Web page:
Hong Kong is a role model for China in the implemenation of “one country, two systems”, a governing formula coined by the late paramount leader Deng Xiaoping.
It paved the way for Hong Kong’s return of sovereignty to China and it serves as a guiding principle in China’s efforts to achieve reunification with Taiwan.
It’s no surprise that Taiwan has been paying attention to recent developments in Hong Kong, particularly the Basic Law interpretation by the National People’s Congress Standing Committee (NPCSC) which effectively disqualified two localist lawmakers-elect from taking office for having improperly taken their oaths.
In the wake of the decision, Taiwan’s presidential spokesman Alex Huang said China should adopt a “positive attitude” toward Hong Kong people’s ideas and aspirations.
At the same time, Wang Min-shen, a spokesperson for the ruling Democratic Progressive Party, said Beijing authorities should respect Hong Kong’s pursuit of democracy and engage in dialogue instead of stripping elected officials of their rights.
The comments angered the Hong Kong government which warned the Taiwanese officials against interfering in domestic affairs.
On Tuesday, the government issued a statement in which it reiterated that Hong Kong has enjoyed a high degree of autonomy since the handover and that Hong Kong people have been running Hong Kong in accordance with the Basic Law.
It said this showed the successful implementation of the “one country. two systems” principle which is “widely recognized”.
Far from being deterred, the Taiwanese turned on China, with Taiwan’s Mainland Affairs Council Minister Katharine Chang saying Beijing should respect its commitments on “one country, two systems” even though she has no trust or belief in it.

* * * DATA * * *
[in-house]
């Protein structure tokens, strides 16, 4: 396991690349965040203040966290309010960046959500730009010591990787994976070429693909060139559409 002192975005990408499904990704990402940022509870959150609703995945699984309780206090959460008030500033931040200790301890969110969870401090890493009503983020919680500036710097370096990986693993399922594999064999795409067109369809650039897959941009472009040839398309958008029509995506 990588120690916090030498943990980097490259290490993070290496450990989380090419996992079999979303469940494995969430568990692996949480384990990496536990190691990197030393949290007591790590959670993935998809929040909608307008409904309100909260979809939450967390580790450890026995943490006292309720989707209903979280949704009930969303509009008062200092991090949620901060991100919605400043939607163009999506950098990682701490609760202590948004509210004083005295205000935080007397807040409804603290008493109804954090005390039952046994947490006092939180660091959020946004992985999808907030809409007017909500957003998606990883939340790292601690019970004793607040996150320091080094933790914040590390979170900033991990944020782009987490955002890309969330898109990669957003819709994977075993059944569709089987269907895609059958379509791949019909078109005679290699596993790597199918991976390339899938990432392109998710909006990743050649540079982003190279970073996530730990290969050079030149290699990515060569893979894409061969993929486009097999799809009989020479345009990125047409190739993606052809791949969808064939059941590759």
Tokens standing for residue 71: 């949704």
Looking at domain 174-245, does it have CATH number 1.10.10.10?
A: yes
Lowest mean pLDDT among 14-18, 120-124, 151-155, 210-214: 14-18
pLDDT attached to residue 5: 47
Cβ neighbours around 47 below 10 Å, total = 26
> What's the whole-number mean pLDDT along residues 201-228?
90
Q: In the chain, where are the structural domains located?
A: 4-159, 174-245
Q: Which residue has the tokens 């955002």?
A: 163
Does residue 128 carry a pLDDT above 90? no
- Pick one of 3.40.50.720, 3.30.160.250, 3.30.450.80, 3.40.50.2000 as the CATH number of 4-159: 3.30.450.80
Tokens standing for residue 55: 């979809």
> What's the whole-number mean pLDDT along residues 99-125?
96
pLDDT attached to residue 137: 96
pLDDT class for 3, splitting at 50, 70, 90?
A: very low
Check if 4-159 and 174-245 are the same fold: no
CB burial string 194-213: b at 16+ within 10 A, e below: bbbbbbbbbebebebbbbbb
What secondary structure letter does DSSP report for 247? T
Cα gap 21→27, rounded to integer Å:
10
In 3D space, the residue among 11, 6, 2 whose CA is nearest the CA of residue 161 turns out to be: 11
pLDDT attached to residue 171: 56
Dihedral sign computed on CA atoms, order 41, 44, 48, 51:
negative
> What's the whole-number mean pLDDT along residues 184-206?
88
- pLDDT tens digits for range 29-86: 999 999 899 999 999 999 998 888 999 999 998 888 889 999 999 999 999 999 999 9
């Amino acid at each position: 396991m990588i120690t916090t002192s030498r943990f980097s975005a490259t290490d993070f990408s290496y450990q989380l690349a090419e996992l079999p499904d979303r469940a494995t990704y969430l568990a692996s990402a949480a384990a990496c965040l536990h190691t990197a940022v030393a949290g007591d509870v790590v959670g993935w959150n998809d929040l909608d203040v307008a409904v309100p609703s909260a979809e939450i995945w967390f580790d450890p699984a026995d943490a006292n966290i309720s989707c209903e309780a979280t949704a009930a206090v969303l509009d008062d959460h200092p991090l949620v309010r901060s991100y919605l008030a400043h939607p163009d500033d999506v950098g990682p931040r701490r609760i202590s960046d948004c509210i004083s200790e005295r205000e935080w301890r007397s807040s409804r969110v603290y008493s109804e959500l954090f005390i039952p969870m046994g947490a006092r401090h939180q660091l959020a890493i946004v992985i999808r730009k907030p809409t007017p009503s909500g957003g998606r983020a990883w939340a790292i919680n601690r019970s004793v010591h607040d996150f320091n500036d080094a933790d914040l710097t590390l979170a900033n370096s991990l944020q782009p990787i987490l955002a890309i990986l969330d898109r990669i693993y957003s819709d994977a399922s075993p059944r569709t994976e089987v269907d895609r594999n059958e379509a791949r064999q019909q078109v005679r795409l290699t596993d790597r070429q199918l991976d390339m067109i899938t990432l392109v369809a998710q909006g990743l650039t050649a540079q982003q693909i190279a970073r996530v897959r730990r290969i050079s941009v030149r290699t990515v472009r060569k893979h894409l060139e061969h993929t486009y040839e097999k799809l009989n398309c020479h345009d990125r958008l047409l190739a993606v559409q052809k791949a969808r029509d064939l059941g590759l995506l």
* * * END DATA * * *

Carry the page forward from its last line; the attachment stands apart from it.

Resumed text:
Hong Kong officials defended Beijing by telling Taiwan to keep its nose out of its backyard.
From the perspective of the Taiwanese, the Hong Kong government’s response is out of touch with reality.
In fact, the Taiwanese government under President Tsai Ing-wen has been speaking out for Hong Kong, using a proactive approach to show its support for everything from the democracy movement to the case of the disqualified legislators.
This is hardly surprising. Taiwan feels a certain affinity to Hong Kong in their shared values of freedom, culture and democracy.
In a sense, the Taiwanese also suffered oppression under their own government in the form of “white terror” during the 1980s when the then ruling Kuomintang used arrests and intimidation to muzzle the opposition and crush dissent.
Which is why the recent developments in Hong Kong is resonating in the island.
On Wednesday, at least three major newspapers ran front-page stories about the disqualification of Youngspiration’s Sixtus Baggio Leung and Yau Wai-ching
The stories also focused on a High Court ruling which effectively barred the duo from taking their seats in the Legisative Council.
Last week, after the NPCSC interpretation was announced, three out of four major newspapers in Taiwan published related stories on the front page.
In a Taiwan Daily headline, Beijing was accused of breaking its promise to Hong Kong.
Liberty Times said the NPCSC’s interpretation deprived two elected lawmakers of their rights.
Front-page coverage of international issues is rare in Taiwan, where the media is obsessed with domestic politics.
The underlying message in all of this is Taiwan’s complete distrust of Beijing, especially in regard to reunification under “one country, two systems”.
If only for that, Taiwan has every reason to make its feelings known every time related issues crop up in Hong Kong.
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